FOR IMMEDIATE RELEASE
Contact: Matt Stout
NEWS from the National Oceanic and Atmospheric Administration, U.S. Department of the Interior,
and Florida Department of Environmental Protection
The state of Florida, the federal government and several corporations have agreed to a more than $8.0 million settlement to fund restoration projects for natural resources damaged in a 1993 oil spill in Tampa Bay. An 11-acre degraded mangrove system will be improved, two acres of salt marsh will be replanted, and millions of dollars for other natural resource restoration work will be paid by those responsible for the oil spill, the U.S. Commerce Department's National Oceanic and Atmospheric Administration, the U.S. Department of the Interior, the Florida Department of Environmental Protection, and the U.S. Department of Justice said today.
State and federal officials worked closely with those responsible for the spill to forge a settlement under which the Bouchard Transportation Company Inc., Maritrans General Partner Inc., and Tsacaba Shipping Co. Inc. will carry out the mangrove and salt marsh restoration projects. In addition, the responsible parties will pay $3.1 million for natural resource restoration plus another $4.9 million for resolution of all other government claims. They have also agreed to forego a claim against the state of Florida for cleanup costs over the limitation amount, alleged to exceed $40 million.
The natural resource trustees in the case are the Florida Department of Environmental Protection, the National Oceanic and Atmospheric Administration, and the Department of the Interior. The terms of the settlement are detailed in consent decrees filed in state and federal courts on Thursday, Jan. 28. After a 30-day public review and comment period, the courts will be asked to approve the settlements if no significant issues arise.
"This settlement for Tampa Bay achieves the goal of restoring natural resources," said Terry Garcia, assistant secretary for oceans and atmosphere at the Department of Commerce. "The settlement resulted from tremendous and unprecedented cooperation between the federal trustees, the state of Florida, and the vessel owners and insurers."
"Restoring the important natural resources of Tampa Bay means cleaner water and healthier communities for everyone in the region," said Lois J. Schiffer, assistant attorney general for environment and natural resources at the Department of Justice. "That's good news for Tampa Bay and for the people who live and visit there."
The oil spill occurred Aug. 10, 1993, when an outbound freighter, the M/V Balsa 37, struck two inbound barges, the T/B Ocean 255 and T/B B155, at the mouth of Tampa Bay. The collision resulted in the discharge of approximately 330,000 gallons of heavy fuel oil and 32,000 gallons of a mixture of other fuels into lower Tampa Bay. The spilled oil remained offshore for four days before oiling about 13 miles of beaches in Pinellas County. It injured birds, sea turtles, mangrove habitats and other natural resources in Boca Ciega and lower Tampa Bay, and disrupted the use of area beaches and waterways.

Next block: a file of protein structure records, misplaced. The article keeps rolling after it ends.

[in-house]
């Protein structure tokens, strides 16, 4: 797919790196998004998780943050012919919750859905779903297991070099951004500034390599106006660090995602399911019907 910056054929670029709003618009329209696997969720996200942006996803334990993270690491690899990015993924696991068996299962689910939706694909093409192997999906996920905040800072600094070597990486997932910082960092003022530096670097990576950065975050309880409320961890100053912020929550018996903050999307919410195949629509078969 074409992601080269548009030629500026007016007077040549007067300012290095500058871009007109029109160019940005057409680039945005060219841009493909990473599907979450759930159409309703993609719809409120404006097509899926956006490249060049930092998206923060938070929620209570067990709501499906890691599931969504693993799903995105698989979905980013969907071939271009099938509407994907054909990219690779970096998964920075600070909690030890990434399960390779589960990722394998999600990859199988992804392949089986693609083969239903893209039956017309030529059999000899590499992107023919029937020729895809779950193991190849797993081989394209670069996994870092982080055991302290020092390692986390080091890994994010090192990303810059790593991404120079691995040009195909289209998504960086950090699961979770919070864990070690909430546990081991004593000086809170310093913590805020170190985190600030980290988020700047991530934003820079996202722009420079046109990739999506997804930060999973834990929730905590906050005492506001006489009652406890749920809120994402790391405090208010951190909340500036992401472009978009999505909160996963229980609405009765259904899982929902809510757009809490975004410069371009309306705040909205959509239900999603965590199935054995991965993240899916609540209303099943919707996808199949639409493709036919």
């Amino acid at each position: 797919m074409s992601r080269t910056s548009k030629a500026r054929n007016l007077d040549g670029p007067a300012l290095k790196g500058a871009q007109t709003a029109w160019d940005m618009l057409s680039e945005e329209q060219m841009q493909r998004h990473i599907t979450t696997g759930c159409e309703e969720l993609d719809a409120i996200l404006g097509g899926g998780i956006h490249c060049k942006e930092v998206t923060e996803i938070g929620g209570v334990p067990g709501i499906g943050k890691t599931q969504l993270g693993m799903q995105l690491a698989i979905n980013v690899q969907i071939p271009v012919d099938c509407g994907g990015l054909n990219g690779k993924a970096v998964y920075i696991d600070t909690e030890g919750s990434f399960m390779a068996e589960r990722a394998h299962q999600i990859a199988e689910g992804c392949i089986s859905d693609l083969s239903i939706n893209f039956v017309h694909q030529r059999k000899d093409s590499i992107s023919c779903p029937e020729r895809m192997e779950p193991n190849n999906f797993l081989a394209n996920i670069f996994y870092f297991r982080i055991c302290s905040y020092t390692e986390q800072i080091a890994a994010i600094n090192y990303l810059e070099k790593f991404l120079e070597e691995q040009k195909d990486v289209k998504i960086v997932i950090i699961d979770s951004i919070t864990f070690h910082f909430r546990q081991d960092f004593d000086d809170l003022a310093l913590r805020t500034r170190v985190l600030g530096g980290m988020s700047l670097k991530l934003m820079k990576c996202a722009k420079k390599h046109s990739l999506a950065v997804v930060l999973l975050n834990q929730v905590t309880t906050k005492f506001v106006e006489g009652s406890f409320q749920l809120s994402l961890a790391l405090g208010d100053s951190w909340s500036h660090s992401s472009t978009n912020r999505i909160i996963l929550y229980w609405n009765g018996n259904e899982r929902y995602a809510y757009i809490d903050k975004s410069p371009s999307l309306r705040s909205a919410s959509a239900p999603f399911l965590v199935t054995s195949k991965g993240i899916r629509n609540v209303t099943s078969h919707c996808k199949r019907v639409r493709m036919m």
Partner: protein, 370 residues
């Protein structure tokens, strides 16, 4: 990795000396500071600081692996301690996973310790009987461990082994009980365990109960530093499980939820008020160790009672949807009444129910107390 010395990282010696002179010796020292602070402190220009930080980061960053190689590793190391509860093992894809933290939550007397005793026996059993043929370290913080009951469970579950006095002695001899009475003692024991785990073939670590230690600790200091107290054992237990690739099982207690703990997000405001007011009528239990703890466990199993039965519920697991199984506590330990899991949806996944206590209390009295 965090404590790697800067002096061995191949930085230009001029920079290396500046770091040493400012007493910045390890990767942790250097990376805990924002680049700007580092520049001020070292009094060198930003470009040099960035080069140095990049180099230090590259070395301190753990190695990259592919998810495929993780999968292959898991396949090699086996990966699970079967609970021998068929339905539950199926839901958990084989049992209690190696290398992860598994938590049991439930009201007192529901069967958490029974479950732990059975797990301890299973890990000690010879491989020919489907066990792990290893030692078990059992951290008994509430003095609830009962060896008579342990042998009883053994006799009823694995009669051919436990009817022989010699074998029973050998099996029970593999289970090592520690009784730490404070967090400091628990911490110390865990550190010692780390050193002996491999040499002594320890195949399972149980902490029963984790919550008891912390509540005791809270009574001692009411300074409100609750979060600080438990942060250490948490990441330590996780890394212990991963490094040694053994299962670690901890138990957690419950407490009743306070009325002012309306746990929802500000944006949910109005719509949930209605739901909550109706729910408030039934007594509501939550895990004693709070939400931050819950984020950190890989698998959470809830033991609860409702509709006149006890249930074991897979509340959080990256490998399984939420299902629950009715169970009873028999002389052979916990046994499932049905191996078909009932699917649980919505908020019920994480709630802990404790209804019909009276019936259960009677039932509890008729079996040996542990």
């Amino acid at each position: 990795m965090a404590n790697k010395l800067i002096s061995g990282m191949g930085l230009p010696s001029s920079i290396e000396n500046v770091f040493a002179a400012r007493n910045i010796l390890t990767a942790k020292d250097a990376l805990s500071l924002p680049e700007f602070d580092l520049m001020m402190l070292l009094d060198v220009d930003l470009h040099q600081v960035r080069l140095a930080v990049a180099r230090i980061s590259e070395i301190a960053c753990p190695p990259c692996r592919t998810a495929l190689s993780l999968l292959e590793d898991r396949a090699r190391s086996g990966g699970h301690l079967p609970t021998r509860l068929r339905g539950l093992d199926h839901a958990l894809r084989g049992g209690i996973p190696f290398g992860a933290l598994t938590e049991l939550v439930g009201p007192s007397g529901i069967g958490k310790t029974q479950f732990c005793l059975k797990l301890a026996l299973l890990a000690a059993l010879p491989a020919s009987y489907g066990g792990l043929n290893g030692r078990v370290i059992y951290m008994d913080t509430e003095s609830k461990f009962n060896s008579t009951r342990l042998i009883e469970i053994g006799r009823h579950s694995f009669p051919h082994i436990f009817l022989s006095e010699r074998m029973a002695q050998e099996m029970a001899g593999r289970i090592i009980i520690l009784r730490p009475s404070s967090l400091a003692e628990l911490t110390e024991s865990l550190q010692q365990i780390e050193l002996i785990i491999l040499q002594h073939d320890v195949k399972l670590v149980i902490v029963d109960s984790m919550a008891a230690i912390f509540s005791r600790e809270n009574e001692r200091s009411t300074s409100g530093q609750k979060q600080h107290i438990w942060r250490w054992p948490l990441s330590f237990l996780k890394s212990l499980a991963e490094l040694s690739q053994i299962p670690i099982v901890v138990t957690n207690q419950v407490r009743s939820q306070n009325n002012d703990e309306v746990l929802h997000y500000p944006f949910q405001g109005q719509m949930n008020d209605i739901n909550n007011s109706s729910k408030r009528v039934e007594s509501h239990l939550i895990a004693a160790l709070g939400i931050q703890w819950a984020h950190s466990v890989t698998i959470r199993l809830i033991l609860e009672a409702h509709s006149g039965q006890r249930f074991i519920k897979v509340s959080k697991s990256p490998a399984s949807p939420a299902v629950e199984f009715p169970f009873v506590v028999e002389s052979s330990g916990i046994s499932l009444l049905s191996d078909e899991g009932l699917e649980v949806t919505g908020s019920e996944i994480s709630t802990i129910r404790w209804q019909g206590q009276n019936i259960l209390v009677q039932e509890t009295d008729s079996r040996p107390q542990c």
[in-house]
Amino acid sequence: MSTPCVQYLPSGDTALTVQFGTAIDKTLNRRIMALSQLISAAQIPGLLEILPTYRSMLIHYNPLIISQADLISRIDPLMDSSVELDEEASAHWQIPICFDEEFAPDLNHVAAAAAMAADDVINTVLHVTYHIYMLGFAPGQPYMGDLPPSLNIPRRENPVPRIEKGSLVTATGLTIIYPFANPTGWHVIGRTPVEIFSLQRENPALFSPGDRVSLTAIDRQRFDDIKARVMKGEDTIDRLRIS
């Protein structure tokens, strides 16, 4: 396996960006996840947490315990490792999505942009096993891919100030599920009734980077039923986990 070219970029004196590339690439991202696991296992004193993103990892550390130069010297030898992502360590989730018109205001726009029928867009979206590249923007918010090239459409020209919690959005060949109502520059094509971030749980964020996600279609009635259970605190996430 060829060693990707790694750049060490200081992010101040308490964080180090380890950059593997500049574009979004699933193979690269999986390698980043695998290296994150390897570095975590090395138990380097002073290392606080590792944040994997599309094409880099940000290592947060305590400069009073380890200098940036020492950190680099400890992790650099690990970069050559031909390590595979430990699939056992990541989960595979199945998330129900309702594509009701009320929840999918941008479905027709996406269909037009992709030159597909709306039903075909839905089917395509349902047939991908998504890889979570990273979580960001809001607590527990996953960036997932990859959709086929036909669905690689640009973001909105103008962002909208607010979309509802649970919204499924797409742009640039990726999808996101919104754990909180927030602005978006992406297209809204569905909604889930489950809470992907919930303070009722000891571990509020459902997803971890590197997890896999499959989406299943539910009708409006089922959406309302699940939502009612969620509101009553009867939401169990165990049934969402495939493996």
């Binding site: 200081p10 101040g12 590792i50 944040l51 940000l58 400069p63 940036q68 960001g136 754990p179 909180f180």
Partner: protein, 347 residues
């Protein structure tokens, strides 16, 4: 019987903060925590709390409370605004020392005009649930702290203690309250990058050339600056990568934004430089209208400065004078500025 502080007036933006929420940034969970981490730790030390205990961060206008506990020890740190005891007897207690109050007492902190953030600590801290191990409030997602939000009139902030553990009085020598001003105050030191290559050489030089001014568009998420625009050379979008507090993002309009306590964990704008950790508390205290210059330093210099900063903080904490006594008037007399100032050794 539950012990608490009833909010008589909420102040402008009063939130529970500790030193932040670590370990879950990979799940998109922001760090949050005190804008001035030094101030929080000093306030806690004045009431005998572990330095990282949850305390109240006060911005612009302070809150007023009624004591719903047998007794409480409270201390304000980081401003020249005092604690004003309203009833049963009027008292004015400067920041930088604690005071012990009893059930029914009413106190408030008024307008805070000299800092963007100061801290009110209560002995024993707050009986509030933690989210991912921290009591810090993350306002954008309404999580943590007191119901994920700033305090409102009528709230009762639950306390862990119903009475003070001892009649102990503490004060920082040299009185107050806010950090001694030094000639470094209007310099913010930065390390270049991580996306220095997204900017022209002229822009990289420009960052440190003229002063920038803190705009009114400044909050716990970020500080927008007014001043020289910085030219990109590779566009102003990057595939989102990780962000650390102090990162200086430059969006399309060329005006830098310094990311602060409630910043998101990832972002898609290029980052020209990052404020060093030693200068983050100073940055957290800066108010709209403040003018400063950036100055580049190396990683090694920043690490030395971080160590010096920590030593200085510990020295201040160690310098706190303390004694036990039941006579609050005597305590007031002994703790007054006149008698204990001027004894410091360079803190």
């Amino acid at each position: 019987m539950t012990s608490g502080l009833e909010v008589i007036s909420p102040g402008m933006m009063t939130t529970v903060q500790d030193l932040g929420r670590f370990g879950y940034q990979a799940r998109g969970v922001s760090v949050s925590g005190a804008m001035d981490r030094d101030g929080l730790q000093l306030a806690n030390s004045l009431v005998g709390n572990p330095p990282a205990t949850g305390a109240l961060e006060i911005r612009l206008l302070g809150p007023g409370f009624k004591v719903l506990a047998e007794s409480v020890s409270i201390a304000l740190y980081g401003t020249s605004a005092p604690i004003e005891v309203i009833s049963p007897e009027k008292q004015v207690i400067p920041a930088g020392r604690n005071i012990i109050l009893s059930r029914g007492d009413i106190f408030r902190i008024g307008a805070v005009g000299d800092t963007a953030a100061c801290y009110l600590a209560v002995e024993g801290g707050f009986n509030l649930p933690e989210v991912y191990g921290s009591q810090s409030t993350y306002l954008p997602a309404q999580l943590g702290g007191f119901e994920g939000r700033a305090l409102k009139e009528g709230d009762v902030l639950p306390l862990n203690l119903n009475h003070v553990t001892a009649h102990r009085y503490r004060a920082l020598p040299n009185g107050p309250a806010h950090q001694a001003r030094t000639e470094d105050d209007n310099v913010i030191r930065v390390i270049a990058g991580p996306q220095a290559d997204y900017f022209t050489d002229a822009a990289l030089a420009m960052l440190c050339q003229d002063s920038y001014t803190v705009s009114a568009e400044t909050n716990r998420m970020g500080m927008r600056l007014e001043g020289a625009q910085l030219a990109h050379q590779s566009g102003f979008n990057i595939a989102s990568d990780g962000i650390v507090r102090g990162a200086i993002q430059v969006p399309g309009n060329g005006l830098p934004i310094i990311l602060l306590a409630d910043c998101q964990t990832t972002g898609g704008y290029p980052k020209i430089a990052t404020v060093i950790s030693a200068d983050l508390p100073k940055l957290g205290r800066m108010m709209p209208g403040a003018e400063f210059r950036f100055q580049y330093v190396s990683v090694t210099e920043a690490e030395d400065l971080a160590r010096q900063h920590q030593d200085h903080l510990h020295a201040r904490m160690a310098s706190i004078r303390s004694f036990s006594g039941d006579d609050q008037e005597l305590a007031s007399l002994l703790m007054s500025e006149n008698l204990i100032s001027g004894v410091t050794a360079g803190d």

The responsible parties will conduct two environmental restoration projects in Boca Ciega Bay at their own expense, in addition to making the monetary payments outlined in the settlement. State and federal trustees will oversee implementation of these projects. The $3.1 million for other restoration work is earmarked as follows:
The remainder of the settlement will reimburse the governments for spill response and damage assessment costs.
"This settlement will allow for the restoration of impacted resources, without the expenditure of public funds," said Florida Department of Environmental Protection Secretary Kirby Green. "The agreement promotes our vision for a healthier environment for Florida. I am pleased that the shipping companies, Department of Interior, NOAA, and Florida's Department of Environmental Protection were able to work together to craft this agreement that has been approved by the Department of Justice."
"We are pleased that this settlement will allow us to implement restoration projects geared towards threatened and endangered sea turtles, and benefit migratory birds in southwest Florida," said U.S. Fish and Wildlife Service Southeast Regional Director Sam D. Hamilton. "The Service looks forward to continuing cooperative efforts to support the recovery of threatened and endangered sea turtles in the Tampa Bay area. The funding for bird recovery and rehabilitation efforts will expedite the recovery, rehabilitation, and release of healthy birds back into migrant bird communities following future oil spills."